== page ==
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8. Having queen, knave, and small cards, play the knave. Because you will, in great probability, secure a trick in that suit.

9. Having queen, ten, and small ones, play a small one. For your partner has an equal chance to win the trick.

10. Having either ace, king, queen, or knave, with small cards, play a small one. For your partner has an equal chance to win the trick.

11. Having either ace, king, green, or knave, with one small card only, play a small one. For otherwise the adversary will finesse upou you in that suit.

12. If a queen is led, and you hold the king, put it on. For if your partner holds the are, you do no harm; and if the king is taken, the adversaries have played two ho.

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nours to one.

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the queen.

13. If a knave is led, and vou hold the queen, put it on. For, at the worst, you bring down two honours for

14. If a king is led, and you hold the ace, knave, and small ones. play the ace. For it cannot do the adversaries a greater injury.

Third Hando 1. Having ace and king, play the ace, and return the king. Because you are not to keep the command of your partner's strong suit. 2. Having ace and queen, play the ace, and return

For although it mav prove better in some cases to put on the queen, vet, in general, your partner is best supported by the above method.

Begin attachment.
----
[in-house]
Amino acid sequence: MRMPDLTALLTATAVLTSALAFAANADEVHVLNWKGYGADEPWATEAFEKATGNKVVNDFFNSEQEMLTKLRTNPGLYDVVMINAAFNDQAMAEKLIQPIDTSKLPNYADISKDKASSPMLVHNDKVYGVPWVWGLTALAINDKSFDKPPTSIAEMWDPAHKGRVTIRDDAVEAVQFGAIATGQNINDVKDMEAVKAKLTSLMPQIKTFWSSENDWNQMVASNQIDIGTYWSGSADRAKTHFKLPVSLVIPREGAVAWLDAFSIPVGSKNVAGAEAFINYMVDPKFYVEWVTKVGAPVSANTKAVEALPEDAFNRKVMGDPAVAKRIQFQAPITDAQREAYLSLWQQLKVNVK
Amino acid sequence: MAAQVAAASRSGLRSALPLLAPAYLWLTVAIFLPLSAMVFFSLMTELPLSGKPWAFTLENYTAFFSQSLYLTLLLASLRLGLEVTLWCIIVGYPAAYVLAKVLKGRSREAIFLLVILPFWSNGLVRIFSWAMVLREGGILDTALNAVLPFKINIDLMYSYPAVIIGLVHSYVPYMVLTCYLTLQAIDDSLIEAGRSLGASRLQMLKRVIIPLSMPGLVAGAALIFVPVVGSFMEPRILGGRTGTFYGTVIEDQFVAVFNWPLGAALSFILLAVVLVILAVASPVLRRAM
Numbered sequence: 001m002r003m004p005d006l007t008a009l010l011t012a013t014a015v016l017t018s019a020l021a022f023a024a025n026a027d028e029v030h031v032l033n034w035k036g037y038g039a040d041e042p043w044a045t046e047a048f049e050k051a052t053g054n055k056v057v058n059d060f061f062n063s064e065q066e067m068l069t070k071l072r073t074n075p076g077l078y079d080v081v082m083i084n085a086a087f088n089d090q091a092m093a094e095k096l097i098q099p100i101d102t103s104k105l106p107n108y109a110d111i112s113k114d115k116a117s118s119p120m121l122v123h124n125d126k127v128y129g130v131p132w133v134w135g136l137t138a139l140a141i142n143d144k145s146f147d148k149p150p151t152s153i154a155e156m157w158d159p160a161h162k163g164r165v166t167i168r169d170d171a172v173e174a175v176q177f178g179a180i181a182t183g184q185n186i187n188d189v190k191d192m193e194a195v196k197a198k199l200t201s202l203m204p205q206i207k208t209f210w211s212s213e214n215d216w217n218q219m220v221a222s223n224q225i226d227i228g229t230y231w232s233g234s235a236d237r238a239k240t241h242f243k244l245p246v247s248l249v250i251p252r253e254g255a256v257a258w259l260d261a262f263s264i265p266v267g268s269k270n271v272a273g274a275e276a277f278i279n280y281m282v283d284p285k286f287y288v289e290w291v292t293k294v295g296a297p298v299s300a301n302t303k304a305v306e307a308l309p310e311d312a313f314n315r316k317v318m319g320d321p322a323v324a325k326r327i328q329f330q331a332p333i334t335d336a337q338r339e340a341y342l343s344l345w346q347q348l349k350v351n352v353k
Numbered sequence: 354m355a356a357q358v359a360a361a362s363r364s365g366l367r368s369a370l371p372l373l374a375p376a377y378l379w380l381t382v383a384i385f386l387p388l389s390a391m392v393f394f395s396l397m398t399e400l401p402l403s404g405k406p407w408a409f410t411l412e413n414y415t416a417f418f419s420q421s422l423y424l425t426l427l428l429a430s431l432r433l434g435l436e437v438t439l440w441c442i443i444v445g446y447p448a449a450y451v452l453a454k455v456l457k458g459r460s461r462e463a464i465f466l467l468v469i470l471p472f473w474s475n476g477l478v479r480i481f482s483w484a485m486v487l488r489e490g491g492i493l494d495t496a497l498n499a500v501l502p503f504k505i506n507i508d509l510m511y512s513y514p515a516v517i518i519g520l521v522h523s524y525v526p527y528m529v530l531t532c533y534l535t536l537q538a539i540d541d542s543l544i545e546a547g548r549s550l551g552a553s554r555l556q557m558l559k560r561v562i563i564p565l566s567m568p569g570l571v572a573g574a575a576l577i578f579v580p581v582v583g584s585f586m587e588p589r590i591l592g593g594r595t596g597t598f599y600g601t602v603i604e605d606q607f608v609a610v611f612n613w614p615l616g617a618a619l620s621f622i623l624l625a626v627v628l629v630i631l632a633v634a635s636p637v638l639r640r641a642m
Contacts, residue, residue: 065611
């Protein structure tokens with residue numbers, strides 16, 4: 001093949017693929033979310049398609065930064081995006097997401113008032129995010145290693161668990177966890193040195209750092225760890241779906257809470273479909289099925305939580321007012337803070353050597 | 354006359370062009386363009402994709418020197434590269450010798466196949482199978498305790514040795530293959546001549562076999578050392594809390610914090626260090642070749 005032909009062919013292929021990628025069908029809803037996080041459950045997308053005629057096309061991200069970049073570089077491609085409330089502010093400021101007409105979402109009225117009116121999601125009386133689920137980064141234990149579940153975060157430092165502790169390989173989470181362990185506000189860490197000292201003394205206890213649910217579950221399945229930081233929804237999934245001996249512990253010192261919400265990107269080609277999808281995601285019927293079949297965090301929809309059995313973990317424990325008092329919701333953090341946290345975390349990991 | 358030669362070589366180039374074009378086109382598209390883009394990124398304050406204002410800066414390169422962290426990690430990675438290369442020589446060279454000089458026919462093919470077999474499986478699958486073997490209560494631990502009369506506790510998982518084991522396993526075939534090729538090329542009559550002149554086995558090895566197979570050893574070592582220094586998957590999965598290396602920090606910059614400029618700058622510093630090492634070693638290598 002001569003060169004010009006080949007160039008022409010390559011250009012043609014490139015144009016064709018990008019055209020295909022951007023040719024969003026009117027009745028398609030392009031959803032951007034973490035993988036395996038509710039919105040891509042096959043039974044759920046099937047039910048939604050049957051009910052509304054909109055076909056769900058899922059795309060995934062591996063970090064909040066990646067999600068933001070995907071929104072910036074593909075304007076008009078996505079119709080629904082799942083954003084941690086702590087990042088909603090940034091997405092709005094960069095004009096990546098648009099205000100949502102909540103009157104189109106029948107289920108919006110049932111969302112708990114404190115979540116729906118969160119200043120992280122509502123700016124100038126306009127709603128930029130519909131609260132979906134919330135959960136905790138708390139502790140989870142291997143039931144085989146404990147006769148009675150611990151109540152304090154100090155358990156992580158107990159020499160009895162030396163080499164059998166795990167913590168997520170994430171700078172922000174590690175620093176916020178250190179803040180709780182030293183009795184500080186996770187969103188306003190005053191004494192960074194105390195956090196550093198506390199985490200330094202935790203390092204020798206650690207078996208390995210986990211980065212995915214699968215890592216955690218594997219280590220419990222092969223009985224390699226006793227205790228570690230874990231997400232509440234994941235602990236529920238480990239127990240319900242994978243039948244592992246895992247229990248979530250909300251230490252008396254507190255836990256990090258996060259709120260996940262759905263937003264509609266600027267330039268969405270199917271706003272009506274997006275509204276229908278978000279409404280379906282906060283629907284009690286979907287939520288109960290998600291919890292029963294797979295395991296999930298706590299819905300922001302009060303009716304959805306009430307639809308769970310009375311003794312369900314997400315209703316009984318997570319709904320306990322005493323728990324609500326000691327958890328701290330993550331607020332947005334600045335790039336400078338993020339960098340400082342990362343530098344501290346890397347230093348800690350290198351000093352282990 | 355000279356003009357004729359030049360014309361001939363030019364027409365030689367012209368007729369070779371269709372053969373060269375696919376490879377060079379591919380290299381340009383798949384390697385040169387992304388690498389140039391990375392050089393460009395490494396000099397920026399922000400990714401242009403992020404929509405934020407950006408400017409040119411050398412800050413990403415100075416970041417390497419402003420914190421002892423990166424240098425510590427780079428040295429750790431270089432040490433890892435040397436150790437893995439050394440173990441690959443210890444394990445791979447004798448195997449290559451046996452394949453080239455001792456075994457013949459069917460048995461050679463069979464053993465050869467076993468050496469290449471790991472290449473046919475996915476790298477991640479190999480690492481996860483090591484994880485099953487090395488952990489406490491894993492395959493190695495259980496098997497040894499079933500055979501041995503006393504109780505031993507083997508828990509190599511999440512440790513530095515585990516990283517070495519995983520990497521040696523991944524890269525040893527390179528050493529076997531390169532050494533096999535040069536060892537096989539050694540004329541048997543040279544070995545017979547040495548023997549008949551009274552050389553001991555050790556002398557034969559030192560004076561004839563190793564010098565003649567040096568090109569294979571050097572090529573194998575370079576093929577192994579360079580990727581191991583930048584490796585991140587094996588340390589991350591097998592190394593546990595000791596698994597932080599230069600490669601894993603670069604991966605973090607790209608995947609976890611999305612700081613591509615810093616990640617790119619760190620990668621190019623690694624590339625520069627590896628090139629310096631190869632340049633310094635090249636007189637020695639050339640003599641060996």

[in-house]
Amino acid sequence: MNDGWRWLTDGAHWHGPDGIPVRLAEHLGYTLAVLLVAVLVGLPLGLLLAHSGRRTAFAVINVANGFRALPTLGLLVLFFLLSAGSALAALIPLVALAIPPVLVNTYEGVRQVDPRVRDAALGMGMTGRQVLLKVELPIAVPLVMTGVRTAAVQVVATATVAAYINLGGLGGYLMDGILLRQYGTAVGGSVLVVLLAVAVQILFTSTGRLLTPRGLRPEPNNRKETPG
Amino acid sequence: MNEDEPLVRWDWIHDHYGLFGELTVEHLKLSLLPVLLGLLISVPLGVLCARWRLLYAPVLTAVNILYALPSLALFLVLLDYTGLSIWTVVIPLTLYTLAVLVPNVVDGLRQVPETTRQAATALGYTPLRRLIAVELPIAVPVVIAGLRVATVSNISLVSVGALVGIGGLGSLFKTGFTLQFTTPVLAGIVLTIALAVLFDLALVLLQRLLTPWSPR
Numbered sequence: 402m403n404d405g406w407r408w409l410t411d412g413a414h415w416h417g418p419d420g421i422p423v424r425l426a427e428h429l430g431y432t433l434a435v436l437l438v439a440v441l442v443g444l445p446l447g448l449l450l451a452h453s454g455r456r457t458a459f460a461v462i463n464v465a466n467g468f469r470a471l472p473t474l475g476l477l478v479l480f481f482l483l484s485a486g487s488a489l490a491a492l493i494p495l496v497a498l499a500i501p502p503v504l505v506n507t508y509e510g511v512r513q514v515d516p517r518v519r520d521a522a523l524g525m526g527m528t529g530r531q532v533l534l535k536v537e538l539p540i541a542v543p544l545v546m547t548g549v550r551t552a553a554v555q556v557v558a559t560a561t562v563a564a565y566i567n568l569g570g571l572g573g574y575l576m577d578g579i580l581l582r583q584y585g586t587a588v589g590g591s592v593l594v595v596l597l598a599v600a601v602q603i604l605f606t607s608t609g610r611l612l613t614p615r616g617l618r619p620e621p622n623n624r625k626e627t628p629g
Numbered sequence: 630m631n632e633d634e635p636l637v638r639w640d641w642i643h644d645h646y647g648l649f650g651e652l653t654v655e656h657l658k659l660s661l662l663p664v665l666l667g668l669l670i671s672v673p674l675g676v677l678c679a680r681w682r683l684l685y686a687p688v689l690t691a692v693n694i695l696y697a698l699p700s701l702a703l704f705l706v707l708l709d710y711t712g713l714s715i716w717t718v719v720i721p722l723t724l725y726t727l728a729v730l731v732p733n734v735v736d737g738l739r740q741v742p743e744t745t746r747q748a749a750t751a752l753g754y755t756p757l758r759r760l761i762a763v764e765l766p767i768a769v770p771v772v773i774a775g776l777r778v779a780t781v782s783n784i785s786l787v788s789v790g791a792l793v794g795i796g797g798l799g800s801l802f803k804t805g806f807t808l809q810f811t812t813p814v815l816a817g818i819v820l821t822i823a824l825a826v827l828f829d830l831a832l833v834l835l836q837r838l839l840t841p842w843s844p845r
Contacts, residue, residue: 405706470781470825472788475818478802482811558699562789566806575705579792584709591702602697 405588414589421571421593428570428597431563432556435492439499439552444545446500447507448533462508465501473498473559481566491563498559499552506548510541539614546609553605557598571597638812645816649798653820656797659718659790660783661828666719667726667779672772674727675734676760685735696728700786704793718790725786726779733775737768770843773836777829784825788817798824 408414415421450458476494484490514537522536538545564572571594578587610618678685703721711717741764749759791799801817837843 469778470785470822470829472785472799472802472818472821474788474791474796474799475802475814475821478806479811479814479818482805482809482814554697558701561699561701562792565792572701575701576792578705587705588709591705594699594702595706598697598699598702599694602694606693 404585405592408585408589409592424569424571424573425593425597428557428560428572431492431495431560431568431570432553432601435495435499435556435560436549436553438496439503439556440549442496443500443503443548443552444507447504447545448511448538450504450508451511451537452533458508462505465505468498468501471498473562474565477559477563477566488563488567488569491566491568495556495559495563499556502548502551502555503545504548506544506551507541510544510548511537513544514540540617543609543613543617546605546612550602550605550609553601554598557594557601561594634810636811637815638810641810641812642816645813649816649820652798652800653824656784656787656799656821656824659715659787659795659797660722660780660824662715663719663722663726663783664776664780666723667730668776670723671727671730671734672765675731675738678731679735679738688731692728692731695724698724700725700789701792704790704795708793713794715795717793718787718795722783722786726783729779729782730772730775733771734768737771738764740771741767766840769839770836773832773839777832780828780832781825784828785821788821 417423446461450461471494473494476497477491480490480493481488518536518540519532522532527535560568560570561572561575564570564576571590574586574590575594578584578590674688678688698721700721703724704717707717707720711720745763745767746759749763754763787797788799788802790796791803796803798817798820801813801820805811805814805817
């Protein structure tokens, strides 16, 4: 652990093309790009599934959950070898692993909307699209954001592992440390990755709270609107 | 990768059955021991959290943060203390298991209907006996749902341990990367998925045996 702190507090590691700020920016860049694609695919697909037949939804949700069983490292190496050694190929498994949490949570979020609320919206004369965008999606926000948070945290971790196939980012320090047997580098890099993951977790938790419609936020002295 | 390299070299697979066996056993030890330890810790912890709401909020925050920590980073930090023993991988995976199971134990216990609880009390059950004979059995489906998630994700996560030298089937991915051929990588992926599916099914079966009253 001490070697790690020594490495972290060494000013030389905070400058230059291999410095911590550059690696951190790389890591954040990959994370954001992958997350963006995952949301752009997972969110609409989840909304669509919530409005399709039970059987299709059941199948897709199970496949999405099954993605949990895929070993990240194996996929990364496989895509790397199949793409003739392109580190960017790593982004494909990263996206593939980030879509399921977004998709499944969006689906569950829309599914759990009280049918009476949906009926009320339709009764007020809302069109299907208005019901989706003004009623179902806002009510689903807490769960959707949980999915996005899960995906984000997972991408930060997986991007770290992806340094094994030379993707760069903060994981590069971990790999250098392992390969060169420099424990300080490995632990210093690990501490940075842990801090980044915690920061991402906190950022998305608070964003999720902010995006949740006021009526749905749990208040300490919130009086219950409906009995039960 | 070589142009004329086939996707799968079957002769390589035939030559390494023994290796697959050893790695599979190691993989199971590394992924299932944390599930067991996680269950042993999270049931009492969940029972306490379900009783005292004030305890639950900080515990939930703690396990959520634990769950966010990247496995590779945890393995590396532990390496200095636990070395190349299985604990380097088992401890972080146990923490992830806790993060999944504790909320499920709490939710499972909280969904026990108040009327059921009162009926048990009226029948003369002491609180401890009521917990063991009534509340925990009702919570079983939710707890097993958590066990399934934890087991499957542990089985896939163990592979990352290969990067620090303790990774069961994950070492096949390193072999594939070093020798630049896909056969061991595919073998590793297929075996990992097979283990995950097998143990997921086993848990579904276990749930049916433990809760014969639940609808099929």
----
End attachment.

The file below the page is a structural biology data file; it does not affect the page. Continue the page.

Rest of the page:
3. Having ace and knave, play the ace, and return the knave. The koave is returned in order to strengthen your partner's hand.

4. Having king and knave, play the king; and if it wins, return the knave. Because it will strengthen your partner's hand.

5. Always put on the best when vour partner leads a small card. 'Because it best supports your partner's hand.

6. If you hold the ace and one small card only, and your partner leads the king, put on the ace and return the small one. For otherwise your ace will be an obstruction to his suit.

7. If you hold the king and one small card only, and

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your partner leads the ace; if the trumps are out, it is good play to put on the king. For by putting on the king, there is no obstruction to the suit.

Fourth Hand, 1. If a king is led, and you hold ace, knave, and a small card, play the small one. For supposing the queen to follow, you will probably make both ace and knave.

2. When the third hand is weak in his partner's suit, you may often return that suit to great advantage. But this rule must not be applied to trumps, unless you are very strong indeed. Cases in which you should return your Partner's Lead

immediately. 1. When you win with the ace, and can return an bonour. For then it will greatly strengthen his hand.

2. When he leads a truinp. in which case return the best remaining in your hand (unless you hold four ori. ginally :) an exception to this arises if the lead is through an honour.

3. When your partner has trumped out. For then it is evident he wants to make his great suit.

4. When you have no good card in any other suit. For then you are entirely dependent on your partner. Cases in which you should not return your Partner's

Lead immediately. 1. If you win with the king, queen, and knave, and have only small cards remaining. For the return of a small card will more distress than strengthen your partner.